Why hyper-personalization demands a fair value exchange

Brands need to respond not only through the creation of tailored deliverables, but through accountability for how they choose to earn and cultivate consumer trust.

Retailers today face an interesting challenge, and competitive opportunity brought on by the growing customer demand for personalized products, recommendations and experiences. To successfully achieve this personalization, the delivery process for brands involves a necessary exchange, one that can be notably problematic if not handled properly.

Many consumers are prepared to take part in this exchange – relinquishing their personal information in order to receive desired commodities (tangible or intangible.) But brands must also take responsibility for negotiating this as a “fair value exchange,” by gaining trust and maintaining customer security, in order to be successful.

How generation plays in

As customer experience professionals studying this increase in demand for hyper-personalization closely, it is clear to us that there is a generational factor at play. A recent Gongos survey of participants across the millennial, Gen X and baby boomer generations found that over half of millennial consumers were willing to share their fingerprints and facial details with retailers if it meant:

  • a more convenient experience (55%) percent)
  • customized products and services (55 percent)
  • real-time promotions (52 percent)

Comparatively, Gen X and baby boomers reported lower numbers in all three of these delivery methods, with baby boomer willingness never exceeding 20 percent.

The opportunity for brands

The openness of consumers to give away highly sensitive personal data indicates a strong desire for personalization and a very powerful opportunity for brands. As consumer expectations for tailored treatment continue to escalate, the increased value of personal data also becomes evident. Possible delivery methods to personalization include products and services, but also experiences and promotions. While the above data offers a fairly balanced representation of the different delivery methods desired by millennial consumers, the growing desire for experience alone (especially compared to their older counterparts) has been well documented.

The risk

This vast opportunity for companies today is not something to be taken for granted, given the high risk of compromising consumers’ information, and subsequently their trust. Looking back at massive data breaches like Facebook and Target, it makes sense that consumer confidence has become more guarded in recent years. Brands simultaneously hold the ability to build and destroy their customers’ trust, and it is essential for them to understand this in order to have successful customer relationships. These bonds can require years of positive actions to be cultivated, and sometimes only a single incorrect action occurring in a short time period can harm or neutralize trust.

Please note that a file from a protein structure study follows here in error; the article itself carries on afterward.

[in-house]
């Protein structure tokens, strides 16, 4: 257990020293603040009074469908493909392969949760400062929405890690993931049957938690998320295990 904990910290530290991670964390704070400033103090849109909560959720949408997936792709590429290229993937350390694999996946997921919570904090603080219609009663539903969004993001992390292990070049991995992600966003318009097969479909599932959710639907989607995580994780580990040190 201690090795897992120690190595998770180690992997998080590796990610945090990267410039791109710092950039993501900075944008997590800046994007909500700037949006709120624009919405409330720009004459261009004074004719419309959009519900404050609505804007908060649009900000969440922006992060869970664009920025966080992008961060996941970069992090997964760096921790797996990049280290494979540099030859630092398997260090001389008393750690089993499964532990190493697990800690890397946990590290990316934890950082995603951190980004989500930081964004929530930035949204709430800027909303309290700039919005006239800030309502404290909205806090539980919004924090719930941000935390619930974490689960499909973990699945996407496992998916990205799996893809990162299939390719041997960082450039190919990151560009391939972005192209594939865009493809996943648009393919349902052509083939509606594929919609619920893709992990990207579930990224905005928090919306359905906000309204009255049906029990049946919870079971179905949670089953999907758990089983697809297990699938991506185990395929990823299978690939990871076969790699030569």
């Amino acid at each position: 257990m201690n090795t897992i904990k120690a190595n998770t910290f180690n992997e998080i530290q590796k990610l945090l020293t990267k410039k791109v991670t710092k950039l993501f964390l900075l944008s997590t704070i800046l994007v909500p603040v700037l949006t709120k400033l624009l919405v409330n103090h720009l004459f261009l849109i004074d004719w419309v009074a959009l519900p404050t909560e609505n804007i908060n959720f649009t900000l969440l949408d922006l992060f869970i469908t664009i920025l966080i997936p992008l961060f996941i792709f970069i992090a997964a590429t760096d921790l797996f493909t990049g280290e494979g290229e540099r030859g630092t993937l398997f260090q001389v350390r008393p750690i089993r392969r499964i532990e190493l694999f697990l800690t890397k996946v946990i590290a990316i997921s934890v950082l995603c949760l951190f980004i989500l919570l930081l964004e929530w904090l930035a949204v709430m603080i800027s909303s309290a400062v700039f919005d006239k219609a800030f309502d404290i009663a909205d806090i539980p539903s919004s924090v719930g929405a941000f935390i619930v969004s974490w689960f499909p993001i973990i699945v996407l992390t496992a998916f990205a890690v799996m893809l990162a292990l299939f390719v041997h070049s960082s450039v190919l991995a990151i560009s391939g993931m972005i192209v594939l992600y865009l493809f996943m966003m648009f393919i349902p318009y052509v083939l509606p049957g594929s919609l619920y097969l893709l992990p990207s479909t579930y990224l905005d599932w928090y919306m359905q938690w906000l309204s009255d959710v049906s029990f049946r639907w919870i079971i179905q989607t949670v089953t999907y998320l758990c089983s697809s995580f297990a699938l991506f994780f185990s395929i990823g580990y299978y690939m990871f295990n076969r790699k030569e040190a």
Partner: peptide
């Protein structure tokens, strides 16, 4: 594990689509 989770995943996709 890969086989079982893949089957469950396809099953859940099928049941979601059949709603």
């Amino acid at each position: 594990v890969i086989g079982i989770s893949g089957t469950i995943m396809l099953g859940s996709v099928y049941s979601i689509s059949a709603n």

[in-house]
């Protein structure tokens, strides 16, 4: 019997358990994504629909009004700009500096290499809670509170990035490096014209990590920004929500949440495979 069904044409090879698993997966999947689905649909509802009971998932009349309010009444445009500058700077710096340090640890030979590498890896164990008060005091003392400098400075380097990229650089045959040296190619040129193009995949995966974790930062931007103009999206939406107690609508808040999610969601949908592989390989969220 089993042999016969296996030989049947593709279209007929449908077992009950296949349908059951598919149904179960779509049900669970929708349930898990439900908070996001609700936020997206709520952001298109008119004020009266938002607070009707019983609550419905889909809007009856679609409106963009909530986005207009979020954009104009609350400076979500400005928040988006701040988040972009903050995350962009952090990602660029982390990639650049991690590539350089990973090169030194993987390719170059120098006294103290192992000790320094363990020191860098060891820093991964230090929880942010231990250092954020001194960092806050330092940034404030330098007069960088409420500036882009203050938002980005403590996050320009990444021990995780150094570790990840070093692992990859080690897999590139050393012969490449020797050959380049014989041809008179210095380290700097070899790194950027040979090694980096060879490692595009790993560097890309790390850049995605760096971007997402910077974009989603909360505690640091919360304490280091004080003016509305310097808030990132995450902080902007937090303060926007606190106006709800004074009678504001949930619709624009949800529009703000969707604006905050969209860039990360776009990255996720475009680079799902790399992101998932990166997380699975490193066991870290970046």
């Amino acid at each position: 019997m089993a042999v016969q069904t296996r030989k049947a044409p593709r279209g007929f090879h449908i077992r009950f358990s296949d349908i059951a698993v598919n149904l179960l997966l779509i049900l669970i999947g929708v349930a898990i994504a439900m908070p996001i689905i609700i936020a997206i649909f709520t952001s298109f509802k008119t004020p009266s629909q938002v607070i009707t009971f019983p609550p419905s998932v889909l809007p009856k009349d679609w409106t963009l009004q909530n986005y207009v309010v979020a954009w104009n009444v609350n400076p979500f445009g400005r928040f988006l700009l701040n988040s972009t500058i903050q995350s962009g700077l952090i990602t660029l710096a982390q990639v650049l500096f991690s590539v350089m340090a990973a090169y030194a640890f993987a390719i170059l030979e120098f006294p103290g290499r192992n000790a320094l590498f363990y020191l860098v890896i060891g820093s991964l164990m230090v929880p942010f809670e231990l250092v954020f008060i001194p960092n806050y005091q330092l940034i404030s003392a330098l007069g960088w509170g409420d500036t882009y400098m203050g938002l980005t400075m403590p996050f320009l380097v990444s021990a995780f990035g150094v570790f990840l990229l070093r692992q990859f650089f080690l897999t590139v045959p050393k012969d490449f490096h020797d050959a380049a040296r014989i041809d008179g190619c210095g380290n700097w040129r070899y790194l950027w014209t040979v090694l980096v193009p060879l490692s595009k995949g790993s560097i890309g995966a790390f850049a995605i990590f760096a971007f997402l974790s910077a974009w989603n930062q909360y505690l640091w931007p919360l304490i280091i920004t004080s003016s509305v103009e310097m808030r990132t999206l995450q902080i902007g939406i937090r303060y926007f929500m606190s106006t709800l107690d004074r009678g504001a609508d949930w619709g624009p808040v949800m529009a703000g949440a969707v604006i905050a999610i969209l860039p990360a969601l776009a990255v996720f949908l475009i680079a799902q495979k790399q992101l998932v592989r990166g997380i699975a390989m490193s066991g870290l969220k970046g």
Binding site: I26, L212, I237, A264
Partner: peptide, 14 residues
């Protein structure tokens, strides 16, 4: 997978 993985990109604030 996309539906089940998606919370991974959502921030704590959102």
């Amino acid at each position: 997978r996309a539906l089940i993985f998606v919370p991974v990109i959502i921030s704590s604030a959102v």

Need for authenticity 

Customer sentiment today (particularly among millennials) highlights the strategic imperative for retailers to authentically deliver personalization to their customers, and in a time-sensitive manner. Maintaining that flow of information will require brands to respond, not only through the creation of tailored deliverables, but through accountability for how they choose to earn and cultivate consumer trust.

Takeaway

It often helps to understand that personalization is not always linear. Correctly pinpointing the forms that provide the most value to consumers is an ongoing process. Brands should also remember that implementing and continually fostering a type of “fair value exchange” with consumers is generally necessary to ensure their survival. If personalization is done effectively and in a trustworthy manner, brands can look forward to long-term positive results such as stronger loyalty, deeper engagement and meaningful growth.


Opinions expressed in this article are those of the guest author and not necessarily Marketing Land. Staff authors are listed here.


About The Author

As Chief Innovation Officer (CInO) of Gongos, Inc., Greg is charged with accelerating the future of everything – from trends and foresights to product innovation and development, to the company’s growth and performance. Greg thrives on exploring societal and technological shifts that point to disruptive ways to create value for consumers and resilience for organizations. Greg leads the company’s Innovation Think Tank – a cross-generational team that fosters a culture of innovation and guides long-term strategy in shaping the decision intelligence space. A former research practitioner with over 20 years of experience under his belt, Greg is a visionary at heart. He believes our industry is in the midst of a revolution, and plans to help pave the way. He holds an M.A. in Humanistic and Clinical Psychology from the Michigan School of Professional Psychology, and a B.S. in Industrial Administration, Marketing and Finance Concentrations from Kettering University.

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